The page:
Yale University’s switch to Google’s eMail system was delayed in 2010 when faculty members and administrators said they were concerned with the security of cloud computing, in which school eMail messages would be stored on off-campus servers.
Some Yale faculty also expressed concern with Google’s large carbon footprint, caused by its many energy-intensive data centers.
The University of California Davis ended a Gmail pilot program for faculty and moved its 30,000 student off of Google Apps in May 2010, citing similar security concerns.
UC Davis technology officials, including CIO and Vice Provost Peter Siegel, said in a letter to faculty that “outsourcing eMail may not be in compliance with the University of California Electronic Communications Policy,” adding that faculty who participated in a Gmail pilot said the campus’s commitment to privacy was “not demonstrated by Google and that the appropriate safeguards are neither in place at this time nor planned for the near future.”
The Campus Computing Project’s 2010 survey, unveiled in October at the EDUCAUSE educational technology conference in Anaheim, Calif., shows that campus technology officials at private and public four-year universities and public four-year colleges use eMail hosting services from Google for their campus eMail accounts doled out to students, faculty, and staff every year.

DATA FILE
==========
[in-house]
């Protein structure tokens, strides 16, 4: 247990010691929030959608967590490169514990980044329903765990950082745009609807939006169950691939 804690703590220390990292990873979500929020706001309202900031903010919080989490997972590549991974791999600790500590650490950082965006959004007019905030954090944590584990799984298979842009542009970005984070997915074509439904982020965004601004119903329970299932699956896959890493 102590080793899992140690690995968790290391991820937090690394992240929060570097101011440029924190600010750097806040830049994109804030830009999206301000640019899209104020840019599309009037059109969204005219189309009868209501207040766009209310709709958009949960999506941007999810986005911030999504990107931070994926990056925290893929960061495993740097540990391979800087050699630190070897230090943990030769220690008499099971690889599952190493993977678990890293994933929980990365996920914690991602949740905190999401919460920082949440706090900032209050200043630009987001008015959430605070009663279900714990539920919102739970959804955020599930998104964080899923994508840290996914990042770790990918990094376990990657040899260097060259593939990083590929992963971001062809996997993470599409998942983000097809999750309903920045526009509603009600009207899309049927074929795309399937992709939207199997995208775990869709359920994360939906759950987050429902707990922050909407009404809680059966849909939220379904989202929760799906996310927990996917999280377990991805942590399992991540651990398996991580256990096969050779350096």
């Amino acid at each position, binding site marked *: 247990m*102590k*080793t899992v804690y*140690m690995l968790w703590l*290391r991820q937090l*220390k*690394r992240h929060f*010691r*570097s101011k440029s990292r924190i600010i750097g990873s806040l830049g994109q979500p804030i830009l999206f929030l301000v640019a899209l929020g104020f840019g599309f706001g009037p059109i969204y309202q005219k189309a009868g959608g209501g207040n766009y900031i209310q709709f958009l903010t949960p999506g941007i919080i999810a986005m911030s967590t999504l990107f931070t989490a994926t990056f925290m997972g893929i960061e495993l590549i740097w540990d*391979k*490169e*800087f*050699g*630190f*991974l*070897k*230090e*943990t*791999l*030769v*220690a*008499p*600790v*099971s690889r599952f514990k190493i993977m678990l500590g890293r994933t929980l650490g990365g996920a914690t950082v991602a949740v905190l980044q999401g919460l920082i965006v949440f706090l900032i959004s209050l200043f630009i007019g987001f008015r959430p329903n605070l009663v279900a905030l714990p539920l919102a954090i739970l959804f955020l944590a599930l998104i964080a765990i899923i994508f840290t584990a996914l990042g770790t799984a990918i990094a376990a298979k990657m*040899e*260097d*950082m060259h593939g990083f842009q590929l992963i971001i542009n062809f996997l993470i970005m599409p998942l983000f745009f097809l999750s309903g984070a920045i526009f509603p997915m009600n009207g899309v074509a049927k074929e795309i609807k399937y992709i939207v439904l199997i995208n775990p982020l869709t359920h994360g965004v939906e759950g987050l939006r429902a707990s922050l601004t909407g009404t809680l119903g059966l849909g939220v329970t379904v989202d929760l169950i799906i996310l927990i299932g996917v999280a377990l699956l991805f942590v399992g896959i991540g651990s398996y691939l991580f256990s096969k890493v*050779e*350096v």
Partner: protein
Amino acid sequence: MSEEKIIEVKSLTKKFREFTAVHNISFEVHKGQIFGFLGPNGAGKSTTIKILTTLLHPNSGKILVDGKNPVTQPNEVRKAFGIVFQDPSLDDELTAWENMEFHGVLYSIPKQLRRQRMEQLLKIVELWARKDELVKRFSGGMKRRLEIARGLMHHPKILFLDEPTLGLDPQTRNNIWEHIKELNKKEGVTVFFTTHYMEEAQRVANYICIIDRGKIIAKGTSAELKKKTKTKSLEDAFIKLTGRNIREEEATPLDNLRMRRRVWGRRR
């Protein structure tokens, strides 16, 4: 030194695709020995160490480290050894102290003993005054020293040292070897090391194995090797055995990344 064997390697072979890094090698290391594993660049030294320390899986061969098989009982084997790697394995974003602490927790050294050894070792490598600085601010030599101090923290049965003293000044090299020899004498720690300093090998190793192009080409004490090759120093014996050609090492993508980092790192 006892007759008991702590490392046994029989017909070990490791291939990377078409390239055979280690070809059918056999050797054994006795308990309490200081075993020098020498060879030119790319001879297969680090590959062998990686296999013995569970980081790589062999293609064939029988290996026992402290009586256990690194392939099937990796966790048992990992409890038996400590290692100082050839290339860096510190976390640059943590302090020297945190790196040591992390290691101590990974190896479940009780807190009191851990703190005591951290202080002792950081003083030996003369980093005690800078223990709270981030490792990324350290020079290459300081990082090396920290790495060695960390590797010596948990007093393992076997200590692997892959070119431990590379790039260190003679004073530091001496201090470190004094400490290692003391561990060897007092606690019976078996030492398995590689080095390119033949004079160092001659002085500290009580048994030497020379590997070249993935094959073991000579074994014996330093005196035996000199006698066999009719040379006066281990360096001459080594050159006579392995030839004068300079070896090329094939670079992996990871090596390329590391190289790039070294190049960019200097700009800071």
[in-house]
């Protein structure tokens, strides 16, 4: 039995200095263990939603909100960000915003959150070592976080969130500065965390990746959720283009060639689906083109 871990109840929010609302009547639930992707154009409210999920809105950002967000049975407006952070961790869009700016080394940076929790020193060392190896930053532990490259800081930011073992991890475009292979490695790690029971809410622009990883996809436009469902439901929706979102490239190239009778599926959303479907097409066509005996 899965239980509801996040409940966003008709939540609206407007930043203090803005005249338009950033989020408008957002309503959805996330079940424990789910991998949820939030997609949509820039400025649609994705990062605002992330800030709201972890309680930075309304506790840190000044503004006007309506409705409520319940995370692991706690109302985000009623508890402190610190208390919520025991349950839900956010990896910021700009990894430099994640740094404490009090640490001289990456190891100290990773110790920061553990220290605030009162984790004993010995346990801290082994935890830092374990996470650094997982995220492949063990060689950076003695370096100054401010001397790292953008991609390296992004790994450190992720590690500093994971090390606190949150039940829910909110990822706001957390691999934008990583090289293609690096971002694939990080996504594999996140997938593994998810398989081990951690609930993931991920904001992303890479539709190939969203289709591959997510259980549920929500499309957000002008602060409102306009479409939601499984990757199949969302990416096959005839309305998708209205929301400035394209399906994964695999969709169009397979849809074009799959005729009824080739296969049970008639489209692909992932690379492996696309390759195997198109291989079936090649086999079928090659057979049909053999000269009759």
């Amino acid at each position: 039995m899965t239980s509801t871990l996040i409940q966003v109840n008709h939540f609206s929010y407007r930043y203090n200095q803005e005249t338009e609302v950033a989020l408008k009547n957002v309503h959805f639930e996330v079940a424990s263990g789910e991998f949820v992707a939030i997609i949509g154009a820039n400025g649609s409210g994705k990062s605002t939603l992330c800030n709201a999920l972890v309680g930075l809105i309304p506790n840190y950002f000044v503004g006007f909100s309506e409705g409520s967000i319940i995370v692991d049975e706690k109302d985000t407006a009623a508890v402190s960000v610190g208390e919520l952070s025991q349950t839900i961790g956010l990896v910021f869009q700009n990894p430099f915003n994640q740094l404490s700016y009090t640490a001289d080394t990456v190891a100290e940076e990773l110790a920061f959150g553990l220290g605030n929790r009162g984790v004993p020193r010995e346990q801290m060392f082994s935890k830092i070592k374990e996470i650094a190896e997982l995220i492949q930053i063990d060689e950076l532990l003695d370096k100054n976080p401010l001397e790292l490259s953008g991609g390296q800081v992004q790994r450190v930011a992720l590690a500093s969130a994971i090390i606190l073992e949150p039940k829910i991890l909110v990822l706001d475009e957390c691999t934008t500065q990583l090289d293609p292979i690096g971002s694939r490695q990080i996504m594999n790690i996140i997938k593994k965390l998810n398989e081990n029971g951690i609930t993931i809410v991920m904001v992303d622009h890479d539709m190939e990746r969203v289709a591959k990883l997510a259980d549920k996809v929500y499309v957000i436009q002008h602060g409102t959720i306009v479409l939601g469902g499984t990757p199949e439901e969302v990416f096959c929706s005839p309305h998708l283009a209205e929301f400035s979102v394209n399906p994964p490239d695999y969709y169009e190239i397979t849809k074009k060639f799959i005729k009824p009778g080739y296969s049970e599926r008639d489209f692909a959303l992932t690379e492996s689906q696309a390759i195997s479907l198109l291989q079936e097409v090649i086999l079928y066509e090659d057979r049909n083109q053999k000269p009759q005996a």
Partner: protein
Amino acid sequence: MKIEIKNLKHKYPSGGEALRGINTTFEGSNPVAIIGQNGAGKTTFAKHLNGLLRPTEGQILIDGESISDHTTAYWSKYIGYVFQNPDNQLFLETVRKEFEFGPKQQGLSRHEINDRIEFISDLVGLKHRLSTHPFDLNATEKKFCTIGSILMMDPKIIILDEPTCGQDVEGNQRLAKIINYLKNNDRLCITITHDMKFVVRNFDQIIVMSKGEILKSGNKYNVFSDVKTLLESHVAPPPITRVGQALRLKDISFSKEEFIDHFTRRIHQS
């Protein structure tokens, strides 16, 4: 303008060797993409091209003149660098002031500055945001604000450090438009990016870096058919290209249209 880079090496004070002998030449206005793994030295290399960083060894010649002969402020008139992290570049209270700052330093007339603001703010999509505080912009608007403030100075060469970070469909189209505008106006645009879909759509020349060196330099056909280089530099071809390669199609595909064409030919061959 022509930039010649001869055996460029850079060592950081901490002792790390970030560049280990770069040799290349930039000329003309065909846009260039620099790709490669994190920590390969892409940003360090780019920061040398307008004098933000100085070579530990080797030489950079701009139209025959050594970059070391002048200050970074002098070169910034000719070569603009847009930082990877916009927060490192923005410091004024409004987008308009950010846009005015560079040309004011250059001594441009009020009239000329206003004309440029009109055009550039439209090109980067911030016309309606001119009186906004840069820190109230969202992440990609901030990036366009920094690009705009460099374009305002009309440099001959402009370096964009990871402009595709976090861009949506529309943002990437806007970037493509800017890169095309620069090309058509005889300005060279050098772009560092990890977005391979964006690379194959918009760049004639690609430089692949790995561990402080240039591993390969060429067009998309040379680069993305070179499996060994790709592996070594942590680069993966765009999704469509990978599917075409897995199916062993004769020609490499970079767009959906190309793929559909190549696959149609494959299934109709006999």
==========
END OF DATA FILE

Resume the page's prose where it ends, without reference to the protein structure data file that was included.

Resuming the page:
Nearly 60 percent of survey respondents from public universities who use eMail hosting services said their campus uses Gmail accounts, with 35 percent using Microsoft Outlook and 5 percent using Zimbra.
The disparity is even greater at private universities, where more than seven in 10 respondents said their school uses Gmail accounts, according to the research. Twenty-five percent said they use Microsoft.
Kenneth C. Green, founder and director of the Campus Computing Project, said outsourcing eMail for students is easier than doing so for faculty for two reasons: many students already have Gmail accounts, and “faculty resistance” to using a web-based service controlled by a company rather than the university still exists.